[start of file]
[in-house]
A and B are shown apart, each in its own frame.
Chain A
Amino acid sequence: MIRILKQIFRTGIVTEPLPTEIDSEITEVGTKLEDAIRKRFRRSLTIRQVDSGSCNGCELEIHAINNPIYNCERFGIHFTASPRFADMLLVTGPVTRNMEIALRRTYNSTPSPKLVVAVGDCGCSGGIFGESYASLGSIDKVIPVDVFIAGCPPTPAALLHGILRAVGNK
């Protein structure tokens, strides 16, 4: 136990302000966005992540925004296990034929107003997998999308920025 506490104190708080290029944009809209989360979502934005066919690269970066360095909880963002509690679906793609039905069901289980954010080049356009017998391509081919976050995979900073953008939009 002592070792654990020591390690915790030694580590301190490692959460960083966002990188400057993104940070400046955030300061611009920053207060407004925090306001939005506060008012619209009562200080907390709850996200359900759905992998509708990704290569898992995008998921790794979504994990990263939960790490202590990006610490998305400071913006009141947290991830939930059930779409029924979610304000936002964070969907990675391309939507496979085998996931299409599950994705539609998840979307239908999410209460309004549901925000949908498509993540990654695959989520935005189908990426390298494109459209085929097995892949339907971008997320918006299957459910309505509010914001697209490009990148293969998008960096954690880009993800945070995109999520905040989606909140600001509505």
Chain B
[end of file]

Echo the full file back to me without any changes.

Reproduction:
[in-house]
A and B are shown apart, each in its own frame.
Chain A
Amino acid sequence: MIRILKQIFRTGIVTEPLPTEIDSEITEVGTKLEDAIRKRFRRSLTIRQVDSGSCNGCELEIHAINNPIYNCERFGIHFTASPRFADMLLVTGPVTRNMEIALRRTYNSTPSPKLVVAVGDCGCSGGIFGESYASLGSIDKVIPVDVFIAGCPPTPAALLHGILRAVGNK
């Protein structure tokens, strides 16, 4: 136990302000966005992540925004296990034929107003997998999308920025 506490104190708080290029944009809209989360979502934005066919690269970066360095909880963002509690679906793609039905069901289980954010080049356009017998391509081919976050995979900073953008939009 002592070792654990020591390690915790030694580590301190490692959460960083966002990188400057993104940070400046955030300061611009920053207060407004925090306001939005506060008012619209009562200080907390709850996200359900759905992998509708990704290569898992995008998921790794979504994990990263939960790490202590990006610490998305400071913006009141947290991830939930059930779409029924979610304000936002964070969907990675391309939507496979085998996931299409599950994705539609998840979307239908999410209460309004549901925000949908498509993540990654695959989520935005189908990426390298494109459209085929097995892949339907971008997320918006299957459910309505509010914001697209490009990148293969998008960096954690880009993800945070995109999520905040989606909140600001509505």
Chain B